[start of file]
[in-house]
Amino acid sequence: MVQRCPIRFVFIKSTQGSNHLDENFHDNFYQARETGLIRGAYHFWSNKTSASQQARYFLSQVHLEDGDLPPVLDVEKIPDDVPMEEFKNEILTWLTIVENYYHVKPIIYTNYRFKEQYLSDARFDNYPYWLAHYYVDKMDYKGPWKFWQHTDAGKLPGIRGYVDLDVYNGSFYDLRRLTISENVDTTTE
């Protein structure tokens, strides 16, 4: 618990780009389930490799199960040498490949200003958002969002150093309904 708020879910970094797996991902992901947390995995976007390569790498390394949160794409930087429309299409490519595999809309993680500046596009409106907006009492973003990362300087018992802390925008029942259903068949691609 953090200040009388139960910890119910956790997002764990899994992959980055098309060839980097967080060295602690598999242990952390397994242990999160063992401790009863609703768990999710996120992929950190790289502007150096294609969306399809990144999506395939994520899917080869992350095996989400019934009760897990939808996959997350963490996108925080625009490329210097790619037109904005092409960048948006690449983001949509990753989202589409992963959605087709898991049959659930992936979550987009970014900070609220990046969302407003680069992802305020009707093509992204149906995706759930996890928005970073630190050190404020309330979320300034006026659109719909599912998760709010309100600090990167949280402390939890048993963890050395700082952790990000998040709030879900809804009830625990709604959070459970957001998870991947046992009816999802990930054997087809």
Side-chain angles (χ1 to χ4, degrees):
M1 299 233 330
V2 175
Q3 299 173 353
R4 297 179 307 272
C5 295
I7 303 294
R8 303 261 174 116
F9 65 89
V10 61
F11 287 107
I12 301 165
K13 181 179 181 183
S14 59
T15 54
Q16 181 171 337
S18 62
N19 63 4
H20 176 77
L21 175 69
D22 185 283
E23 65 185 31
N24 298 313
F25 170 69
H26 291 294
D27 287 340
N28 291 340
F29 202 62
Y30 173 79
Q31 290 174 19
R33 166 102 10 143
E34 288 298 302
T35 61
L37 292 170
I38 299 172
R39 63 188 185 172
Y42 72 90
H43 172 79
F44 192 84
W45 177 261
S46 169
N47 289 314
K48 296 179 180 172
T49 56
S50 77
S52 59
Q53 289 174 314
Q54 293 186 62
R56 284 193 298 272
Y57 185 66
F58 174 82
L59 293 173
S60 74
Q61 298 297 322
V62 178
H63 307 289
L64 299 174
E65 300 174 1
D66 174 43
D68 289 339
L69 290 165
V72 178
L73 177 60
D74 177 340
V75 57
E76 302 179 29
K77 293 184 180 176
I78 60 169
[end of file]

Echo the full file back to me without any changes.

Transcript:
[in-house]
Amino acid sequence: MVQRCPIRFVFIKSTQGSNHLDENFHDNFYQARETGLIRGAYHFWSNKTSASQQARYFLSQVHLEDGDLPPVLDVEKIPDDVPMEEFKNEILTWLTIVENYYHVKPIIYTNYRFKEQYLSDARFDNYPYWLAHYYVDKMDYKGPWKFWQHTDAGKLPGIRGYVDLDVYNGSFYDLRRLTISENVDTTTE
């Protein structure tokens, strides 16, 4: 618990780009389930490799199960040498490949200003958002969002150093309904 708020879910970094797996991902992901947390995995976007390569790498390394949160794409930087429309299409490519595999809309993680500046596009409106907006009492973003990362300087018992802390925008029942259903068949691609 953090200040009388139960910890119910956790997002764990899994992959980055098309060839980097967080060295602690598999242990952390397994242990999160063992401790009863609703768990999710996120992929950190790289502007150096294609969306399809990144999506395939994520899917080869992350095996989400019934009760897990939808996959997350963490996108925080625009490329210097790619037109904005092409960048948006690449983001949509990753989202589409992963959605087709898991049959659930992936979550987009970014900070609220990046969302407003680069992802305020009707093509992204149906995706759930996890928005970073630190050190404020309330979320300034006026659109719909599912998760709010309100600090990167949280402390939890048993963890050395700082952790990000998040709030879900809804009830625990709604959070459970957001998870991947046992009816999802990930054997087809």
Side-chain angles (χ1 to χ4, degrees):
M1 299 233 330
V2 175
Q3 299 173 353
R4 297 179 307 272
C5 295
I7 303 294
R8 303 261 174 116
F9 65 89
V10 61
F11 287 107
I12 301 165
K13 181 179 181 183
S14 59
T15 54
Q16 181 171 337
S18 62
N19 63 4
H20 176 77
L21 175 69
D22 185 283
E23 65 185 31
N24 298 313
F25 170 69
H26 291 294
D27 287 340
N28 291 340
F29 202 62
Y30 173 79
Q31 290 174 19
R33 166 102 10 143
E34 288 298 302
T35 61
L37 292 170
I38 299 172
R39 63 188 185 172
Y42 72 90
H43 172 79
F44 192 84
W45 177 261
S46 169
N47 289 314
K48 296 179 180 172
T49 56
S50 77
S52 59
Q53 289 174 314
Q54 293 186 62
R56 284 193 298 272
Y57 185 66
F58 174 82
L59 293 173
S60 74
Q61 298 297 322
V62 178
H63 307 289
L64 299 174
E65 300 174 1
D66 174 43
D68 289 339
L69 290 165
V72 178
L73 177 60
D74 177 340
V75 57
E76 302 179 29
K77 293 184 180 176
I78 60 169